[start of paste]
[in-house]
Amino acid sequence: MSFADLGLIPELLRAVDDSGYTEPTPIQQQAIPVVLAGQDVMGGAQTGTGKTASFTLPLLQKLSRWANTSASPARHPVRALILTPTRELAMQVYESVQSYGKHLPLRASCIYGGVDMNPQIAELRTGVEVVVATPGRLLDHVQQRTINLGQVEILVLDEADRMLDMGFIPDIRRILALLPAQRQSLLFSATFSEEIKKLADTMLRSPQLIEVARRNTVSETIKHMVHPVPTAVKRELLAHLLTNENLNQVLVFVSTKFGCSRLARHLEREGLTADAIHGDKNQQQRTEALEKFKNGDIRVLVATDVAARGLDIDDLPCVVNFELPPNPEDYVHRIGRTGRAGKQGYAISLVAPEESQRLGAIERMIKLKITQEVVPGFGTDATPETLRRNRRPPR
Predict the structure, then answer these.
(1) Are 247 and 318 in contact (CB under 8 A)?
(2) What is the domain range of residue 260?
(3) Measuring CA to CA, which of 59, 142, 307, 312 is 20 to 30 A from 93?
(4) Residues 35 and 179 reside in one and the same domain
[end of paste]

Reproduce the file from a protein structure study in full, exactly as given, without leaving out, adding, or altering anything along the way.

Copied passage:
[in-house]
Amino acid sequence: MSFADLGLIPELLRAVDDSGYTEPTPIQQQAIPVVLAGQDVMGGAQTGTGKTASFTLPLLQKLSRWANTSASPARHPVRALILTPTRELAMQVYESVQSYGKHLPLRASCIYGGVDMNPQIAELRTGVEVVVATPGRLLDHVQQRTINLGQVEILVLDEADRMLDMGFIPDIRRILALLPAQRQSLLFSATFSEEIKKLADTMLRSPQLIEVARRNTVSETIKHMVHPVPTAVKRELLAHLLTNENLNQVLVFVSTKFGCSRLARHLEREGLTADAIHGDKNQQQRTEALEKFKNGDIRVLVATDVAARGLDIDDLPCVVNFELPPNPEDYVHRIGRTGRAGKQGYAISLVAPEESQRLGAIERMIKLKITQEVVPGFGTDATPETLRRNRRPPR
Predict the structure, then answer these.
(1) Are 247 and 318 in contact (CB under 8 A)?
(2) What is the domain range of residue 260?
(3) Measuring CA to CA, which of 59, 142, 307, 312 is 20 to 30 A from 93?
(4) Residues 35 and 179 reside in one and the same domain